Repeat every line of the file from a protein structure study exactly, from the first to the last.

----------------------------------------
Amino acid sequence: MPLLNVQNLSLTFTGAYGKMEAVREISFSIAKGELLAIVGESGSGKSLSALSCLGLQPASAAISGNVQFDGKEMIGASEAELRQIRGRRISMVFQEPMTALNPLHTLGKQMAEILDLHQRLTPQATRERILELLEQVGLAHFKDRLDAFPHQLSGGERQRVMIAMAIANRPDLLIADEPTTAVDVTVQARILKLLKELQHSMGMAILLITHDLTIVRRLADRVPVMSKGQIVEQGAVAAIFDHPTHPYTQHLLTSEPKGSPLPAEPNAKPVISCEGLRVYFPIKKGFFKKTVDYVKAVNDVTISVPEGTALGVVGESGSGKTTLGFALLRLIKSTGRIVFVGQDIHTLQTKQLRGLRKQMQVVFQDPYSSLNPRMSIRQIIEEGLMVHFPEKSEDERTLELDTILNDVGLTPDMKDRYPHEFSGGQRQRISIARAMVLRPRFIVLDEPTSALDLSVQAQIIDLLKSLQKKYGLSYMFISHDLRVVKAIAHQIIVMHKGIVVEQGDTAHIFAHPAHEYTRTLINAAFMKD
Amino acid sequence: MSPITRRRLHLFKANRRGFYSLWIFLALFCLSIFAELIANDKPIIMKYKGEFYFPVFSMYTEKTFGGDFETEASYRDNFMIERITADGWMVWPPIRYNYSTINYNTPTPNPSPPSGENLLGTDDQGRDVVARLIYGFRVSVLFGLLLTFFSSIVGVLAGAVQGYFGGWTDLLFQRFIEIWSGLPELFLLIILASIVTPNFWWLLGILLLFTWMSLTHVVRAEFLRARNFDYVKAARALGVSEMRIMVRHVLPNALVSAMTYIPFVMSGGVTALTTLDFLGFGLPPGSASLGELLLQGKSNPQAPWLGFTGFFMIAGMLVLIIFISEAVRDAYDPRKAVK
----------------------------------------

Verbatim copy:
Amino acid sequence: MPLLNVQNLSLTFTGAYGKMEAVREISFSIAKGELLAIVGESGSGKSLSALSCLGLQPASAAISGNVQFDGKEMIGASEAELRQIRGRRISMVFQEPMTALNPLHTLGKQMAEILDLHQRLTPQATRERILELLEQVGLAHFKDRLDAFPHQLSGGERQRVMIAMAIANRPDLLIADEPTTAVDVTVQARILKLLKELQHSMGMAILLITHDLTIVRRLADRVPVMSKGQIVEQGAVAAIFDHPTHPYTQHLLTSEPKGSPLPAEPNAKPVISCEGLRVYFPIKKGFFKKTVDYVKAVNDVTISVPEGTALGVVGESGSGKTTLGFALLRLIKSTGRIVFVGQDIHTLQTKQLRGLRKQMQVVFQDPYSSLNPRMSIRQIIEEGLMVHFPEKSEDERTLELDTILNDVGLTPDMKDRYPHEFSGGQRQRISIARAMVLRPRFIVLDEPTSALDLSVQAQIIDLLKSLQKKYGLSYMFISHDLRVVKAIAHQIIVMHKGIVVEQGDTAHIFAHPAHEYTRTLINAAFMKD
Amino acid sequence: MSPITRRRLHLFKANRRGFYSLWIFLALFCLSIFAELIANDKPIIMKYKGEFYFPVFSMYTEKTFGGDFETEASYRDNFMIERITADGWMVWPPIRYNYSTINYNTPTPNPSPPSGENLLGTDDQGRDVVARLIYGFRVSVLFGLLLTFFSSIVGVLAGAVQGYFGGWTDLLFQRFIEIWSGLPELFLLIILASIVTPNFWWLLGILLLFTWMSLTHVVRAEFLRARNFDYVKAARALGVSEMRIMVRHVLPNALVSAMTYIPFVMSGGVTALTTLDFLGFGLPPGSASLGELLLQGKSNPQAPWLGFTGFFMIAGMLVLIIFISEAVRDAYDPRKAVK